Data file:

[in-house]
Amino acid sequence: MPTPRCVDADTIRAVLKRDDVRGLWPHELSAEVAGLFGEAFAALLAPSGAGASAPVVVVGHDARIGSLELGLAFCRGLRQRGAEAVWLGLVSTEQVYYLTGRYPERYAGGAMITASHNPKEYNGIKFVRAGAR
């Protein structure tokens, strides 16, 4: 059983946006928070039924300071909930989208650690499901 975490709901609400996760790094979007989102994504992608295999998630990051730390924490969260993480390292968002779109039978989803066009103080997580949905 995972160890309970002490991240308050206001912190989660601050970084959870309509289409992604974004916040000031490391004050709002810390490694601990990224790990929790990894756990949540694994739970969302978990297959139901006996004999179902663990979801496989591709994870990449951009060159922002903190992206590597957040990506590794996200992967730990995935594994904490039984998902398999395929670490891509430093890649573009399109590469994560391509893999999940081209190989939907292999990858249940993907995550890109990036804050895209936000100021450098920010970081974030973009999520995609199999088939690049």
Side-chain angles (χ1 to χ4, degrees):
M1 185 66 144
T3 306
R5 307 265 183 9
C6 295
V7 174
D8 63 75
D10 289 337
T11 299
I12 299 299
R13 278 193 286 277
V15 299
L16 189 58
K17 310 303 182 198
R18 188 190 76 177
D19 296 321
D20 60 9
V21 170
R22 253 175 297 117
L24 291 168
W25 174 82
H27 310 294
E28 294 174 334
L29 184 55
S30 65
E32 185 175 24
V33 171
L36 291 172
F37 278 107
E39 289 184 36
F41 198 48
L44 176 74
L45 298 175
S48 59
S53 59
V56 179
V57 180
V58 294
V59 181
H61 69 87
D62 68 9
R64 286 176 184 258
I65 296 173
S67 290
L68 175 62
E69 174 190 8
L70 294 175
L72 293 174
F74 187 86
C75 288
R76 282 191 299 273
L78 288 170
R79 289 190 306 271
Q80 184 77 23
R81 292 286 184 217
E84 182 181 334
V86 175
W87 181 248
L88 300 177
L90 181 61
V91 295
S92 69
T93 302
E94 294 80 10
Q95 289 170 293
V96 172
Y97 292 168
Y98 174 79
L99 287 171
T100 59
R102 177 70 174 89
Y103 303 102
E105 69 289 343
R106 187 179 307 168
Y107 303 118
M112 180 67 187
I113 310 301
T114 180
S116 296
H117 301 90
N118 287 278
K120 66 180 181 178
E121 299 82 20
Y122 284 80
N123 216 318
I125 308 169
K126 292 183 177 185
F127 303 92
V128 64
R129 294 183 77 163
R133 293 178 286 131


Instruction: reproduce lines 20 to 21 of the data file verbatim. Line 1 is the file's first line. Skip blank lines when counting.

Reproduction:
D20 60 9
V21 170